I've bought old, broken and hence cheap, Tesla counter BM520. It's classical piece of equipment build with TTL 74xx family chips and with nixie tubes for display.
The good thing about this kind of vintage equipment is that it was made to be repaired and that there are schematics available, you can get even scans of the original manuals easily from the internet.
This particular unit, apart from being very dusty, had a few broken transistors and trimming pots in the power unit, which was fairly easy to spot and fix.
If you are wondering about the specs the maximum frequency is 12.5Mhz although it seems to be working fine up to 15Mhz for me.
The timebase is driven by a 10Mhz crystal oscillator that is termostated to a constant temperature and should be correct for six decimal places that are shown on the display. I haven't verified the precision yet and I would expect that the frequency is slightly off after all these years.
As I examined the boards I've been surprised that some of the digitron driver chips 74141 were made by Texas Instruments. Originaly I've thought that this particular unit has been repaired once already. But later on I've been told that sometimes Tesla was too slow to produce chips and had to buy them from capitalistic countries instead.
Here we are looking at the power source unit next to the 10Mhz oscillator, the power transistors are actually mounted on the back of the unit in the classical TO-3 packages. The board produces two voltage levels, that is +5V for TTL chips and +12V for amplifiers.
And by the way the connectors on the right are printer interface, the data shown on the display are available on these two connectors in TTL levels, it would be quite easy to add USB interface with atmega to capture the measured data.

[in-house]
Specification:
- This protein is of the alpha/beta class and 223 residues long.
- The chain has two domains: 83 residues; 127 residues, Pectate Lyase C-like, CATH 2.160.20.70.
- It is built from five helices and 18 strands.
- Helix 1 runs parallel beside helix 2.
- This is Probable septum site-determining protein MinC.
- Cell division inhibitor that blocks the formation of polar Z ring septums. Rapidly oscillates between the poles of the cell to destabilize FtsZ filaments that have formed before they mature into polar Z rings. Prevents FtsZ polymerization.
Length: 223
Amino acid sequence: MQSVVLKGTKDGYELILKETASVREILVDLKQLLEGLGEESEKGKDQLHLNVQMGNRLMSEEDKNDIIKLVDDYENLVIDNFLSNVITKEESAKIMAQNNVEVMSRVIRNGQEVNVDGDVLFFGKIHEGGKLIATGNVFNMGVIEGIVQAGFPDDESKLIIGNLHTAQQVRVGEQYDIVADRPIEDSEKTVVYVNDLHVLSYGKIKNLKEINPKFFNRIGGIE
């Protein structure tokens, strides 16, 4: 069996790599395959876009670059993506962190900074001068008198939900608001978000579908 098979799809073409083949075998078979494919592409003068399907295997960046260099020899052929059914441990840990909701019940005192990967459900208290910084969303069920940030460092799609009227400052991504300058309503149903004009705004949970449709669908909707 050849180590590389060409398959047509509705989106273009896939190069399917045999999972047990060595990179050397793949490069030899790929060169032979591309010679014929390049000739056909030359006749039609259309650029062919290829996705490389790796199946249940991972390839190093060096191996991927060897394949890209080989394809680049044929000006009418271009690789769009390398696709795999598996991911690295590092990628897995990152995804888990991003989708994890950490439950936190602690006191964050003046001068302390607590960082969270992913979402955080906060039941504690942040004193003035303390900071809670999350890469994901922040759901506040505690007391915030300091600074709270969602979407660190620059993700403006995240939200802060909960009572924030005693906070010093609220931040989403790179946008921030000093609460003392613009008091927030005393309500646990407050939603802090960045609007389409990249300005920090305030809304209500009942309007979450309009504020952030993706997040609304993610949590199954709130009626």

There were three faulty transistors in small metal can packages, which is common mode of failure for these. The two transistors driving the power transistors were simply dead. While the last transistor disconnected from the board because one of the leads was completely rusted off. Such transistor can be easily lifted off the board without much force. There are two reasons why this happens to old tesla transistors, first of all when there was shortage of copper transistor leads were made from iron with gold plating on the top. The iron tends to rust off and eventually you may end up with hollow leads that are composed mainly of rust and thin gold layer on the top. Secondly the small metal cans are sealed on the bottom with a glass that contains additives to lower the melting point, unfortunately some of the additives are also corrosive which only speeds up process.
As I said earlier three trimming pots needed to be replaced, the wipers were not making good contact anymore. This usually happens when they are close to heat source which causes thermal cycling, which may have been the case here, since the board is stacked between the main transformer and the power transistors.
Here is my hand-drawn schematic of the PSU with some annotations. The schematic in the original manual follows how the components are placed on the board, while this one is divided into a functional blocks.
Photo of the swapable boards before cleaning, the two boards on the bottom separated by a metal shield are wideband amplifiers, the boards on the right contain the logic circuits implementing the different counter modes in 74xx silicon.